Stuart Meltzer was named best director of a play for the Zoetic world premiere of Michael McKeever’s Clark Gable Slept Here, which also took home the Carbonell for best new work. Marcia Milgrom Dodge was chosen best director of a musical for the Maltz’s The King and I, which also won the costume design Carbonell for Leon Weibers. Also in the musical category, Manny Schvartzman was honored for his musical direction for the second straight year, this time for Slow Burn’s Parade, and Ron Hutchins got the choreography Carbonell for his work on 42nd Street at Boca Raton’s Wick Theatre.

In contention for Carbonells but going home empty-handed this time around were nominees from Palm Beach Dramaworks, New Theatre, Island City Stage, The Naked Stage, Mad Cat Theatre, Outré Theatre, the Boca Raton Theatre Guild and Primal Forces.

In addition to the Carbonells, which are named for the late sculptor and award designer Manuel Carbonell, several special awards are presented each year.

Scott Shiller, the Carbonell board president and outgoing executive vice president of the Arsht Center, was honored with the George Abbott Award for Outstanding Achievement in the Arts; next month, he’ll assume his new position as president and CEO at the Denver Center for the Performing Arts. Actress and TV host Iris Acker received the Howard Kleinberg Award, and The Naked Stage was honored with the Ruth Foreman Award for its popular annual 24-Hour Theatre Project.

Carbonell scholarships of $1,000 each were awarded to high school seniors Gena Yvonne Sims of Miami’s New World School of the Arts, Danielle Angela Jensen of Parkland’s Marjory Stoneman Douglas High and Jacob Poser of West Palm Beach’s Alexander W. Dreyfoos School of the Arts.

The glamorous show and ceremony at the Broward Center’s Amaturo Theater, which helps raise money for those scholarships, featured performances from all of the nominated musicals. In addition to the numbers from Parade, Murder Ballad and The Trouble With Doug, a Zoetic quartet (Nick Duckart, Nicholas Richberg, Gabriel Zenone and Irene Adjan) offered an artfully sung performance of The Gun Song from Assassins. And Michele Ragusa, who played Anna in the Maltz’s King and I, sang a crystalline Hello, Young Lovers from the show.

The Carbonell gathering, dubbed “theater prom” by the dressed-to-the-nines community, was produced and directed for the fourth time by winners McKeever and Meltzer, partners in Zoetic Stage and in life. Their show had its unpredictable moments, most courtesy of acceptance speeches that ranged from moving to quirky, but it was a start-to-finish entertaining celebration of South Florida’s theater community.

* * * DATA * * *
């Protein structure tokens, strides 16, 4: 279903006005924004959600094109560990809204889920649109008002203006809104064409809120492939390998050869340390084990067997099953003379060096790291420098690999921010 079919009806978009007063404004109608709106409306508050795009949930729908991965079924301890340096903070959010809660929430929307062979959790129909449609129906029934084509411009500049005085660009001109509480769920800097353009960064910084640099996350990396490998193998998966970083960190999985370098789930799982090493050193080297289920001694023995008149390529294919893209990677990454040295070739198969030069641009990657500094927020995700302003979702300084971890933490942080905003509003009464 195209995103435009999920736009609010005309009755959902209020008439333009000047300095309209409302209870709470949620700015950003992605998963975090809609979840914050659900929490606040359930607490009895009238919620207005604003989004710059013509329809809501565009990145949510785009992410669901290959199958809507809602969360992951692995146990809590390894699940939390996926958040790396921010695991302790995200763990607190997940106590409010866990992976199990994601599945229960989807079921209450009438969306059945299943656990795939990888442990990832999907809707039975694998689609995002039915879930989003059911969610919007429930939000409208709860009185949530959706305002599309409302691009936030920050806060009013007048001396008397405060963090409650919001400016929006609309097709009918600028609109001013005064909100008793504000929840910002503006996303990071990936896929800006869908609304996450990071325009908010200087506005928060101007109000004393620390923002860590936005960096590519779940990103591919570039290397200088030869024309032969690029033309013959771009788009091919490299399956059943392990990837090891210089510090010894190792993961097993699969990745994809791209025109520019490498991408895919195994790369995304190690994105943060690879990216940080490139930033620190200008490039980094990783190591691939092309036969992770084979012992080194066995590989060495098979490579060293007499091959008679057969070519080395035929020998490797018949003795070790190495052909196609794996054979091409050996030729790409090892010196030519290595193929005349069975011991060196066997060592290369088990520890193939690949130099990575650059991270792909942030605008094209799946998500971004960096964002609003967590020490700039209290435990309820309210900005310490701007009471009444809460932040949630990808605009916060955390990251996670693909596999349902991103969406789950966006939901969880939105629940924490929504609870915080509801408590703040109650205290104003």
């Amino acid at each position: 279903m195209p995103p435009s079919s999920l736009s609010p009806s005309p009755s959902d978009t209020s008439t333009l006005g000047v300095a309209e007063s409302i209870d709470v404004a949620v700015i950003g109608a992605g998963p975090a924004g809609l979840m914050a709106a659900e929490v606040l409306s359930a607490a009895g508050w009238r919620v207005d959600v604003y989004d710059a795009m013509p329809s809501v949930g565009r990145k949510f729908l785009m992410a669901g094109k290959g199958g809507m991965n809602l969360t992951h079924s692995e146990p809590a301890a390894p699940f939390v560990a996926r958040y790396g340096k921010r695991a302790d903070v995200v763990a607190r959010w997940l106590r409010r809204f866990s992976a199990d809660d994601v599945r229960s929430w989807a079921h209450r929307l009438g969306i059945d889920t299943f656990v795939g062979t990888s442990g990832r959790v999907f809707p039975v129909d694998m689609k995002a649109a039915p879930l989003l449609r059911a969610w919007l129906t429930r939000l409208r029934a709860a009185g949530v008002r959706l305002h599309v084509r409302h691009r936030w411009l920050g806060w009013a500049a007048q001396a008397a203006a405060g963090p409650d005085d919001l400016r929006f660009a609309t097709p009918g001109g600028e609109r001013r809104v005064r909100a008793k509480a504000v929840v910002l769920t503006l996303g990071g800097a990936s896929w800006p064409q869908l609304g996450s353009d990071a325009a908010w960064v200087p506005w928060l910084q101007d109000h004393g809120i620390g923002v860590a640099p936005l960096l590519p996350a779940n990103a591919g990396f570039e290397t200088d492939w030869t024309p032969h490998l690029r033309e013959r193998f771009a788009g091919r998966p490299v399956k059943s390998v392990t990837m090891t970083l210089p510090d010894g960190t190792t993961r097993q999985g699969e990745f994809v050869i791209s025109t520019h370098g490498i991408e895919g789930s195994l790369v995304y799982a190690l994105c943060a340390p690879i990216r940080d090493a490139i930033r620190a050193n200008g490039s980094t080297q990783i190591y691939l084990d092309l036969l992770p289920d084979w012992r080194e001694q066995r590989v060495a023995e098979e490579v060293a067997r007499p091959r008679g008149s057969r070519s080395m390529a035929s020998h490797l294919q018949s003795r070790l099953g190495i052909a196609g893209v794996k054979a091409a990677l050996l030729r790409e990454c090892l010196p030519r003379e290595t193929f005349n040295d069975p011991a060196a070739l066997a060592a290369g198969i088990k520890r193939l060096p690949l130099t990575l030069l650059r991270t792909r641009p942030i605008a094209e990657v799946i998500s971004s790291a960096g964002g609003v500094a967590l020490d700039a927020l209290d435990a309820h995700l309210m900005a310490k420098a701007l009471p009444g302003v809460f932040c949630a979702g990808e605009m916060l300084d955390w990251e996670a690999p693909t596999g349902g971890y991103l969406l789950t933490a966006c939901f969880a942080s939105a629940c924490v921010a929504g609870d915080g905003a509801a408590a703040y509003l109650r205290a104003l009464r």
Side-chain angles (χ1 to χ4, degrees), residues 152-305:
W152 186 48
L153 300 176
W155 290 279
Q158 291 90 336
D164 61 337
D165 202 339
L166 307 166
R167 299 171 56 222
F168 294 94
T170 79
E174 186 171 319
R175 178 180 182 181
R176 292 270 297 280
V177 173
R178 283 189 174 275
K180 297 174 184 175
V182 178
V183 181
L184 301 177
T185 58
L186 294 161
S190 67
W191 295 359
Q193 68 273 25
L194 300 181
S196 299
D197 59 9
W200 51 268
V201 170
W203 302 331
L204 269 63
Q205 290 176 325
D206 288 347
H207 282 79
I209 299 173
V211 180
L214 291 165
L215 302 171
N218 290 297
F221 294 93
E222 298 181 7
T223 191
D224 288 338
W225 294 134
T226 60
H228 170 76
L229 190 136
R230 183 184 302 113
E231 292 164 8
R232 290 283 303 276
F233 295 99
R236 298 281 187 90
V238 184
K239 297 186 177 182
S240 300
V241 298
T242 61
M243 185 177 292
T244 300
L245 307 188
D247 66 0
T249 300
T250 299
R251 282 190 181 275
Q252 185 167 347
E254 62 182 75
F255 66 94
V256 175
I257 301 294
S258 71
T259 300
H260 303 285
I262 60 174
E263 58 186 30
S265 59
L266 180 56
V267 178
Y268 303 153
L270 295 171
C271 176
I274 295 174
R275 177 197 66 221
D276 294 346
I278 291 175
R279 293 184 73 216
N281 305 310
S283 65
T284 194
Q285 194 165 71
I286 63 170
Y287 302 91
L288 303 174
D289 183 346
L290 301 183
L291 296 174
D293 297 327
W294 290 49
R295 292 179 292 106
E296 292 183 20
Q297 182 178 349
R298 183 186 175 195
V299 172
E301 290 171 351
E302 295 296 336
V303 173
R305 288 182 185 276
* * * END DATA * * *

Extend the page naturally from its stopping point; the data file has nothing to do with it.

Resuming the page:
Best New Work: Clark Gable Slept Here, Michael McKeever, Zoetic Stage.

Best Ensemble Production: Murder Ballad, Actors’ Playhouse.


Best Production of a Play: The Foreigner, Maltz Jupiter Theatre.

Best Director: Stuart Meltzer, Clark Gable Slept Here, Zoetic Stage.

Best Actor: Nicholas Richberg, Peter and the Starcatcher, The Adrienne Arsht Center for the Performing Arts and the University of Miami.

Best Actress: Natalia Coego, Bad Jews, GableStage.

Best Supporting Actor: Mark Della Ventura, Bad Jews, GableStage.

Best Supporting Actress: Arielle Hoffman, The Whale, GableStage.


Best Production of a Musical: Assassins, Zoetic Stage.

Best Director: Marcia Milgrom Dodge, The King and I, Maltz Jupiter Theatre.

Best Actor: Clay Cartland, The Trouble with Doug, Theatre at Arts Garage.

Best Actress: Ann Marie Olson, Parade, Slow Burn Theatre Company.

Best Supporting Actor: Chris Crawford, Murder Ballad, Actors’ Playhouse.

Best Supporting Actress: Mariand Torres, Murder Ballad, Actors’ Playhouse.

Best Musical Direction: Manny Schvartzman, Parade, Slow Burn Theatre Company.

Best Choreography: Ron Hutchins, 42nd Street, The Wick.


Best Scenic Design: Yoshinori Tanokura, Peter and the Starcatcher, The Adrienne Arsht Center for the Performing Arts and the University of Miami.

Best Lighting Design: Eric Haugen, Peter and the Starcatcher, The Adrienne Arsht Center for the Performing Arts and the University of Miami.

Best Costume Design: Leon Weibers, The King and I, Maltz Jupiter Theatre

Best Sound Design: Matt Corey, The Mountaintop, GableStage.